The argument that more government -- or better government -- is magically going to solve this problem is laughable. The two roles cannot be reconciled, and we know which one wins every time, Left or Right. It's the same in the US, Australia, the UK, NZ, and I assume Canada.

The only option is getting the government out of business of surveillance against its citizens, to reduce the size and power of the government. This removes the offensive capability of the government against its own citizens... or at least greatly limits it.

Only then can policy be used effectively to protect privacy rights. Granting the government more power over companies means the government can use that power for both roles (e.g., paying RSA to manipulate a random number generator).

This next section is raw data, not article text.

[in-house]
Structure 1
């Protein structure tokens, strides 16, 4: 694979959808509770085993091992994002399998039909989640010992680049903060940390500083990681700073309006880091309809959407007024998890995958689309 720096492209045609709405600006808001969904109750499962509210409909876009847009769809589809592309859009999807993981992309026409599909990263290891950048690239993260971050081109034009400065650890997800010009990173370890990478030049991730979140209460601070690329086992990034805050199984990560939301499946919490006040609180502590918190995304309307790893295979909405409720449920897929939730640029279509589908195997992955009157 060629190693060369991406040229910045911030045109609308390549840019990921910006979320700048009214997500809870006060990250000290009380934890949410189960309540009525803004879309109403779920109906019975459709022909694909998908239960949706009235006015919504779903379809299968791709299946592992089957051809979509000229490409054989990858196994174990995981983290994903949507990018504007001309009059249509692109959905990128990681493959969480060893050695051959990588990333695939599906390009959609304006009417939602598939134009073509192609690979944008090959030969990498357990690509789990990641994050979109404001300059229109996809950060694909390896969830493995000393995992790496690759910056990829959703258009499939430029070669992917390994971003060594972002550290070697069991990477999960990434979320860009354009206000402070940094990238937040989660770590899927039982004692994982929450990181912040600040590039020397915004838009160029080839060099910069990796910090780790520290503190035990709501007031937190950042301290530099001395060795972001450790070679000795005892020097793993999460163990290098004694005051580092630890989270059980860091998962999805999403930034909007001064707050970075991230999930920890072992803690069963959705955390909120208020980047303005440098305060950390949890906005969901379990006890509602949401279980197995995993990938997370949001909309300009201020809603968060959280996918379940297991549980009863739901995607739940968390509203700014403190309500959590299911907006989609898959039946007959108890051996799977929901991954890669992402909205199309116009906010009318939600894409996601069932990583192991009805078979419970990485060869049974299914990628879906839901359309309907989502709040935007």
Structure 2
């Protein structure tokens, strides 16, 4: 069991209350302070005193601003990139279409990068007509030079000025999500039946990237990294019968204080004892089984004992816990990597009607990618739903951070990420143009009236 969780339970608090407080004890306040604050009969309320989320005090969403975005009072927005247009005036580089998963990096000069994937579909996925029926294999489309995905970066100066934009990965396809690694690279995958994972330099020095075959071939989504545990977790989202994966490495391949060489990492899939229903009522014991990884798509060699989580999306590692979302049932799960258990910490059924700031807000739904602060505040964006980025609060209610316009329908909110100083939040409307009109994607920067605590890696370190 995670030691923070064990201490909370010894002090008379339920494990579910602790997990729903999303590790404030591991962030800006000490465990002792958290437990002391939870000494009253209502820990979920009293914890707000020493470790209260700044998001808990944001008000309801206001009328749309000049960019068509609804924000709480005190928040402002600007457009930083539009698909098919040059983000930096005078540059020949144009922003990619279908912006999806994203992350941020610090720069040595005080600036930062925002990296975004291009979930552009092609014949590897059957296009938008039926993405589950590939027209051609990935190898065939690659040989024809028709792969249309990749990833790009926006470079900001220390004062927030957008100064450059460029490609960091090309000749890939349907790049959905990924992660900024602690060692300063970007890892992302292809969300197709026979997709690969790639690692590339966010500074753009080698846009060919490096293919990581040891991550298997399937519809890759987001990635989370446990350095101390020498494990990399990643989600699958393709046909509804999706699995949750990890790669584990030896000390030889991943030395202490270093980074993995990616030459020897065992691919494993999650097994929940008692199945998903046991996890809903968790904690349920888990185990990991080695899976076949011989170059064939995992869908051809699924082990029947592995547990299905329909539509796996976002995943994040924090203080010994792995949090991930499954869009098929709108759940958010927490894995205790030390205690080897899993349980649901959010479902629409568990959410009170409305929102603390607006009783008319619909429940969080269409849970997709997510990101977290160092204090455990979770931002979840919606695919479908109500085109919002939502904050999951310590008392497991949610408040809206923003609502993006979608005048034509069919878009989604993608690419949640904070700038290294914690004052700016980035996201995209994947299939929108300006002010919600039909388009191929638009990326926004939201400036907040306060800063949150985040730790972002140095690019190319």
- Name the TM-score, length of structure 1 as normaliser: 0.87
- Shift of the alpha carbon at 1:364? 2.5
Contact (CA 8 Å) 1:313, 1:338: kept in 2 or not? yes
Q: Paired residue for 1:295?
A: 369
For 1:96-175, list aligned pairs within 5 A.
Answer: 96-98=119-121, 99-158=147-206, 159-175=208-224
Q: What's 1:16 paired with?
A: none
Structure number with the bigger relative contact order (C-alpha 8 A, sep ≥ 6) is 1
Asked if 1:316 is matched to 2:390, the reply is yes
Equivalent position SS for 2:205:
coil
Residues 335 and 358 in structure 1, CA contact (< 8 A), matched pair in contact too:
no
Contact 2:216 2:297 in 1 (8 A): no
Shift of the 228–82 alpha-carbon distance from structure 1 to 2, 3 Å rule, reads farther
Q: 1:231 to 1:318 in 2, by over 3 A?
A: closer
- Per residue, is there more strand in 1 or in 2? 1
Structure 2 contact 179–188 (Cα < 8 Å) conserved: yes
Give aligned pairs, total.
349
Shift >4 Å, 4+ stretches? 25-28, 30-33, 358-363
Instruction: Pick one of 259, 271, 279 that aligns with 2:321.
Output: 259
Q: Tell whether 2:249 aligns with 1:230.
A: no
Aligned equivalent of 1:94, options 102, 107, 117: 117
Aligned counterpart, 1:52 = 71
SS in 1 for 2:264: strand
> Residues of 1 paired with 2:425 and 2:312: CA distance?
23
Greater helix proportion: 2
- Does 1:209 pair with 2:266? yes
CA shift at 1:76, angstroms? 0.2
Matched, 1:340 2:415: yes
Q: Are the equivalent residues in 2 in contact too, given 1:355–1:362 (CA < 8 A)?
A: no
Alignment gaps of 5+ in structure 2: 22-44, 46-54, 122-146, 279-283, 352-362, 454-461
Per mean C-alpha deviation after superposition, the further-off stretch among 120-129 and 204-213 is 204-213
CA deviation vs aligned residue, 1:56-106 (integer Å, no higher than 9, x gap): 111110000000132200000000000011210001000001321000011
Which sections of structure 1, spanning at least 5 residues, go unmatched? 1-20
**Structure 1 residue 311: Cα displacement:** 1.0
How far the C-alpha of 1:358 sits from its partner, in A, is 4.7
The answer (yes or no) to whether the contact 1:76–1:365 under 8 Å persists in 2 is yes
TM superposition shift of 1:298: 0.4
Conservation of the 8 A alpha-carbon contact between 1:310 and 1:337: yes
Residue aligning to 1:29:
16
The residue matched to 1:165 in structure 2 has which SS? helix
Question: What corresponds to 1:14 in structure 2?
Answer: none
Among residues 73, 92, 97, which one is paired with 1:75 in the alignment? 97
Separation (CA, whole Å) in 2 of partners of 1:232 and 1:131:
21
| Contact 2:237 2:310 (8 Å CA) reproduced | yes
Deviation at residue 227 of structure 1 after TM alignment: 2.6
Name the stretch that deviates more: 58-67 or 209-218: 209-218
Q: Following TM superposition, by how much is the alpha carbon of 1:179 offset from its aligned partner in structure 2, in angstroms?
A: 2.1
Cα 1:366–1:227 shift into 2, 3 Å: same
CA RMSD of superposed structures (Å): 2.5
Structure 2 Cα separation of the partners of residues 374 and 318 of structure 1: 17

Electron 007December 5, 2019 6:02 PM

@Clive Robinson

But the one thing all ICT people have to realise is that "managment see you as blue collar" no mater hoe bright, inteligent or perceptive you may be.

That is not an entirely unearned reputation. There is a certain "porn-surfing code monkey" culture with a low-IQ locker-room jock mentality among programmers and IT staff.

Very male-dominant, one would have to admit, but the Title IX junk, the harassment lawsuits, and the frivolous rape accusations, which started on colleges campus and took over the corporate work environment, only make matters worse.

Young male dominant, I should say. Googleplex and the like are concrete-basement man-caves with a pizza-and-beer party going on that fails to appeal to those of a certain age and common sense to get the job done they were hired to do and go home at the end of the day.

Older people, some of whom may be more experienced working with others in a team, have a lot of trouble coping with all the childishness, immaturity, haircuts and corporate sex games.

Many younger people had bad parents who lied to them, cheated on them, and stole from them, and were generally untrustworthy if well-behaved and polite in general day-to-day conversation. Consequently they are paranoid and untrusting as they grow older themselves, and there is little incentive toward moral behavior for them.